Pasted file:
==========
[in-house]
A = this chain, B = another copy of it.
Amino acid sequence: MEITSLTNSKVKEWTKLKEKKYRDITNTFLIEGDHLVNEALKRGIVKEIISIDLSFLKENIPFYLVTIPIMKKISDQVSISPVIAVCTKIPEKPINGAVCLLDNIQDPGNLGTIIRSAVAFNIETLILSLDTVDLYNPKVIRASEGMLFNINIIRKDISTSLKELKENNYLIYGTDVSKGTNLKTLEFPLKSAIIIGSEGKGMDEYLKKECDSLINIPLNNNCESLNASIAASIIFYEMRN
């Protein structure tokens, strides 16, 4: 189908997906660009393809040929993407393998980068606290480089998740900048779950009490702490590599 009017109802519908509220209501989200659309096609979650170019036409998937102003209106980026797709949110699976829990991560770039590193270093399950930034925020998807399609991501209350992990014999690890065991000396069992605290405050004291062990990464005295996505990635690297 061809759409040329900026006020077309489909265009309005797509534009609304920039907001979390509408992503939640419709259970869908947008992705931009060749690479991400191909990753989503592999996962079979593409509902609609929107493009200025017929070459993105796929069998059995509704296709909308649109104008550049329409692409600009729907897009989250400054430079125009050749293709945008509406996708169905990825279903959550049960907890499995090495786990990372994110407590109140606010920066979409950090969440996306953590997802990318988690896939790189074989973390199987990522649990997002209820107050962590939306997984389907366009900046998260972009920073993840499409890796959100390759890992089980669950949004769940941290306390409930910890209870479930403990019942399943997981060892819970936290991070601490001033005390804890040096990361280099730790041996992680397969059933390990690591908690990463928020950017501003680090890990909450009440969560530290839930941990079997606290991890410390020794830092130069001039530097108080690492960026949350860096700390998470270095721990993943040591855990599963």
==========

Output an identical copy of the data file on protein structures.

[in-house]
A = this chain, B = another copy of it.
Amino acid sequence: MEITSLTNSKVKEWTKLKEKKYRDITNTFLIEGDHLVNEALKRGIVKEIISIDLSFLKENIPFYLVTIPIMKKISDQVSISPVIAVCTKIPEKPINGAVCLLDNIQDPGNLGTIIRSAVAFNIETLILSLDTVDLYNPKVIRASEGMLFNINIIRKDISTSLKELKENNYLIYGTDVSKGTNLKTLEFPLKSAIIIGSEGKGMDEYLKKECDSLINIPLNNNCESLNASIAASIIFYEMRN
């Protein structure tokens, strides 16, 4: 189908997906660009393809040929993407393998980068606290480089998740900048779950009490702490590599 009017109802519908509220209501989200659309096609979650170019036409998937102003209106980026797709949110699976829990991560770039590193270093399950930034925020998807399609991501209350992990014999690890065991000396069992605290405050004291062990990464005295996505990635690297 061809759409040329900026006020077309489909265009309005797509534009609304920039907001979390509408992503939640419709259970869908947008992705931009060749690479991400191909990753989503592999996962079979593409509902609609929107493009200025017929070459993105796929069998059995509704296709909308649109104008550049329409692409600009729907897009989250400054430079125009050749293709945008509406996708169905990825279903959550049960907890499995090495786990990372994110407590109140606010920066979409950090969440996306953590997802990318988690896939790189074989973390199987990522649990997002209820107050962590939306997984389907366009900046998260972009920073993840499409890796959100390759890992089980669950949004769940941290306390409930910890209870479930403990019942399943997981060892819970936290991070601490001033005390804890040096990361280099730790041996992680397969059933390990690591908690990463928020950017501003680090890990909450009440969560530290839930941990079997606290991890410390020794830092130069001039530097108080690492960026949350860096700390998470270095721990993943040591855990599963």